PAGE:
When teenage movie star Graham Larkin accidentally sends small town girl Ellie O’Neill an email about his pet pig, the two seventeen-year-olds strike up a witty and unforgettable correspondence, discussing everything under the sun, except for their names or backgrounds.
Then Graham finds out that Ellie’s Maine hometown is the perfect location for his latest film, and he decides to take their relationship from online to in-person. But can a star as famous as Graham really start a relationship with an ordinary girl like Ellie? And why does Ellie want to avoid the media’s spotlight at all costs?
A light read.
Yes, I should start with that point. ‘This is what happy looks like’ like it’s name may suggest, is a nice fluffy and light read. I started this book in hopes that it would make me feel something close to the lines of when I’d read The Statistical Probability of Love at First Sight. Mmm… I’m sad to say that it didn’t. Not even close. I wasn’t able to relate to the characters at all though the way the book was written was pretty adorable.
Ah hah. A plus point.
You can tell a lot from how two people talk to each other, whether they are close friends or something more. Jennifer had succeeded in bringing that aspect out and I’m guessing that was the main focus of the book. Just guessing.
However, I thought the romance between Graham and Ellie was too quick. In much less than a month that he’d spent with her, Jennifer had pretty much crammed a heck load of emotions, mishap and stagnation into Graham and Ellie’s relationship. I don’t know about you, but if something like that happened to me, I’d be sulking in my room for weeks, let alone get out there and risk getting myself into more trouble.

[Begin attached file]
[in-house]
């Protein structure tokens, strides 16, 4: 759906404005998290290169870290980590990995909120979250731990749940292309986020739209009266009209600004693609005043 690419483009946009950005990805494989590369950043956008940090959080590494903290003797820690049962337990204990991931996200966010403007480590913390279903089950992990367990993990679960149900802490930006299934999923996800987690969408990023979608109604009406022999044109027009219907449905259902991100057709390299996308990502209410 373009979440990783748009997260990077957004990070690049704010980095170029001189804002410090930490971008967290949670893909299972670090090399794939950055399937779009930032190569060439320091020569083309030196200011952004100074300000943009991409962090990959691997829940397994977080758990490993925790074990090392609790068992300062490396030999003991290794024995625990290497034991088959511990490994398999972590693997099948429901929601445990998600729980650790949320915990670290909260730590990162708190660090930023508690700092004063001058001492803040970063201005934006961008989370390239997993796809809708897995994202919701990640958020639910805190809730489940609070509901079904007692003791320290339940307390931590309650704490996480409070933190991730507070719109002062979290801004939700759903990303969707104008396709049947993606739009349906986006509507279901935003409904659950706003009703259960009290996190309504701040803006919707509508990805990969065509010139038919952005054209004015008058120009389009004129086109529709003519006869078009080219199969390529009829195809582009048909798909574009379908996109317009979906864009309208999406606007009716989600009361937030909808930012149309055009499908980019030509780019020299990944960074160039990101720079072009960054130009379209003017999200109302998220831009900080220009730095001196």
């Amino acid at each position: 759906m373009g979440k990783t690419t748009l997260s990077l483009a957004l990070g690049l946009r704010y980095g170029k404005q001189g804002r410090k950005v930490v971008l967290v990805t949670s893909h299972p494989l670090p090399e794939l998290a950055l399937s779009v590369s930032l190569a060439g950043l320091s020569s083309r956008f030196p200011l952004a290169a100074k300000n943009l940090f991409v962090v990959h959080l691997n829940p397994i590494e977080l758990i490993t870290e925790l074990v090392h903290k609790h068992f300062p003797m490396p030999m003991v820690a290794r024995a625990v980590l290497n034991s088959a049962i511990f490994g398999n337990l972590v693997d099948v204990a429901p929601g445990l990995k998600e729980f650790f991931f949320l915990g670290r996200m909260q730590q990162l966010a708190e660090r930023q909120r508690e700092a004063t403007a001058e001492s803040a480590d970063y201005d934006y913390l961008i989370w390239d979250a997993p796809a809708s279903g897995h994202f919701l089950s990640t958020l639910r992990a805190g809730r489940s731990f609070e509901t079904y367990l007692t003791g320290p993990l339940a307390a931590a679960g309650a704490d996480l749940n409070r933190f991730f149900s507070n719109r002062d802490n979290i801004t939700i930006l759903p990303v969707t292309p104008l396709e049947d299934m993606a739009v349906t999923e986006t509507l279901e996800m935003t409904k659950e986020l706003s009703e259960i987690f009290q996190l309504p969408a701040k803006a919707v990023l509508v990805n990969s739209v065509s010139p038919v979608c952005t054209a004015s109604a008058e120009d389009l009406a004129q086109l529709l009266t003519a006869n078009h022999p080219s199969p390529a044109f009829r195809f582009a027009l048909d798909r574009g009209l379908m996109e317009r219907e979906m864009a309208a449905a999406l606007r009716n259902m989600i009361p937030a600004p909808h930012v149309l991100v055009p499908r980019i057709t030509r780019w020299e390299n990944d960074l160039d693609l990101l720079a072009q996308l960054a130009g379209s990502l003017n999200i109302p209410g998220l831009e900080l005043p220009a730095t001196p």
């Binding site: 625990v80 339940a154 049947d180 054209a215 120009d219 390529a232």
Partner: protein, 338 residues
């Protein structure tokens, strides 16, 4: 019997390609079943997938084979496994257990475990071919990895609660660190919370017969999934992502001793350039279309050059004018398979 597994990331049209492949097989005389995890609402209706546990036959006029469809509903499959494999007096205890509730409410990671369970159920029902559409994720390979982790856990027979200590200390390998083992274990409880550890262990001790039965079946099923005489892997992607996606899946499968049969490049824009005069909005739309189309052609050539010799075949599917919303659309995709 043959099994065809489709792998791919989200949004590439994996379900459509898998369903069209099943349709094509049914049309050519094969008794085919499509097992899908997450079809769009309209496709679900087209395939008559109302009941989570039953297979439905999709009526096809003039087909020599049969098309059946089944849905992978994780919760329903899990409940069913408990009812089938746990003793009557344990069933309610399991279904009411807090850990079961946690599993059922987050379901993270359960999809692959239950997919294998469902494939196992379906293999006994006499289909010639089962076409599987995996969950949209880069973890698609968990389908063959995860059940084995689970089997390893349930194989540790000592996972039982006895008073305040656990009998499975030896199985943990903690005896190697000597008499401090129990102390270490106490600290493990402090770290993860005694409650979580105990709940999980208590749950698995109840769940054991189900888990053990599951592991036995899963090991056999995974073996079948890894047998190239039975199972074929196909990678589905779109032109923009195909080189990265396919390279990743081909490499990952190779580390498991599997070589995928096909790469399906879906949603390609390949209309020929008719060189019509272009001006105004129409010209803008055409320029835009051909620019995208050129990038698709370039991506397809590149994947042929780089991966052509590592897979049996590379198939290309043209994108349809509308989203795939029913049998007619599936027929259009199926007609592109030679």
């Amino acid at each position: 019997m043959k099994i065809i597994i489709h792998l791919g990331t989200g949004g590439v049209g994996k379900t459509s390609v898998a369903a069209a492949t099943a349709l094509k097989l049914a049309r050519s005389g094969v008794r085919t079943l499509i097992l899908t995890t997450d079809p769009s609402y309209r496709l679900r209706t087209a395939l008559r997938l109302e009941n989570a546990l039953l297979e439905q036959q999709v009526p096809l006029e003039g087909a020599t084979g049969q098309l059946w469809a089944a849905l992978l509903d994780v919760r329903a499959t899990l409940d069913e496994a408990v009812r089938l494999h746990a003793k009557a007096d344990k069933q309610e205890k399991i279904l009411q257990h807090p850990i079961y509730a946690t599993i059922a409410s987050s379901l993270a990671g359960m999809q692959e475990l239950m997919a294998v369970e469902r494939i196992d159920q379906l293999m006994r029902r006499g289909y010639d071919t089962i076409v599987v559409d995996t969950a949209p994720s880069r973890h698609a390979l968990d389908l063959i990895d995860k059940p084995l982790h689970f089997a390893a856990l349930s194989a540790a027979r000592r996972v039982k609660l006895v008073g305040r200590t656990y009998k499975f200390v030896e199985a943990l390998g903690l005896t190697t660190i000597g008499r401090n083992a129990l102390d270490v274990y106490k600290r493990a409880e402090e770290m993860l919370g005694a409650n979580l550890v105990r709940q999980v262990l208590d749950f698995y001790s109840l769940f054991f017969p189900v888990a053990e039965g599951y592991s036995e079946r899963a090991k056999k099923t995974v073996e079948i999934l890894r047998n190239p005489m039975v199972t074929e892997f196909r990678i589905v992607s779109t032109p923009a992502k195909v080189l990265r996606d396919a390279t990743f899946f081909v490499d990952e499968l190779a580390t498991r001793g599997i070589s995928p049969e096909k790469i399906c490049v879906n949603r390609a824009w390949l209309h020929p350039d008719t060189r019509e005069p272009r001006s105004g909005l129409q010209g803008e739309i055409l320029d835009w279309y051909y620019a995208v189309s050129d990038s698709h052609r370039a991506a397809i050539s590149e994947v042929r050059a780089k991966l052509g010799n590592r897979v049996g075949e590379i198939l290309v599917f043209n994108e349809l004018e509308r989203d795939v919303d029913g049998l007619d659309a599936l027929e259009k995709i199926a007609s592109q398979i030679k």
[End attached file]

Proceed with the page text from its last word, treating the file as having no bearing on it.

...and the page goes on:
The hurdles in Graham and Ellie’s relationship were also resolved a little too easily. One good example was how Ellie’s mom had simply let everything go after Ellie had confessed she had pretty much stolen a boat with Graham to go look for her biological father, especially since Ellie’s mom was the one that didn’t want Ellie seeing Graham in the first place. I don’t know about you, but a little drama would have been nice.
Over at Graham’s side, his manager really is a magician. Being able to spin things around so that no one knew who Ellie was seemed a little far fetched to me. I mean, c’mon, Ellie lives in a small town. She has red hair, for Pete’s sake. People were bound to recognize her and call her out, right? The book made it seem like everyone just forgot about her. Turned a blind eye. I kind of expected a little negative reaction from the crowd, since they were the ones going rah-rah over Graham coming to town. Of course, when they went public, the town wouldn’t be able to say much. But nothing really happened before that. Ellie was in her little sad bubble while the crowd was… what crowd?
Gosh I’m starting to sound like a total character sadist, huh. But it’s true, isn’t it? You got to make people fight for love if not they’ll never know how to cherish the love they receive.
*cough* Character growth. I meant to say character growth.
I also didn’t really like how they totally ruled out the part where Graham has to go to collage. I felt like, Yeah, okay they managed to get together, but Graham’s gonna leave again soon. In fact he’s leaving to go back home to California. ISN’T ELLIE GOING TO DO SOMETHING????
Maybe something like:
But she doesn’t (sigh) and they decide to continue emailing (double sigh) so it’s like they were never together. Their relationship had effectively lasted one fracking day and now they’re as good as breaking up.
I thought I’d feel more like:
But it turned into something like:
You see?! Character growth and development is VERY IMPORTANT!!!
Overall, 3/5 stars. The book did make me feel fuzzy at some parts and I thought the way it was presented (emails and all) was pretty cool. The book wasn’t entirely bad, it just didn’t end as well.
Oh well. Till next time.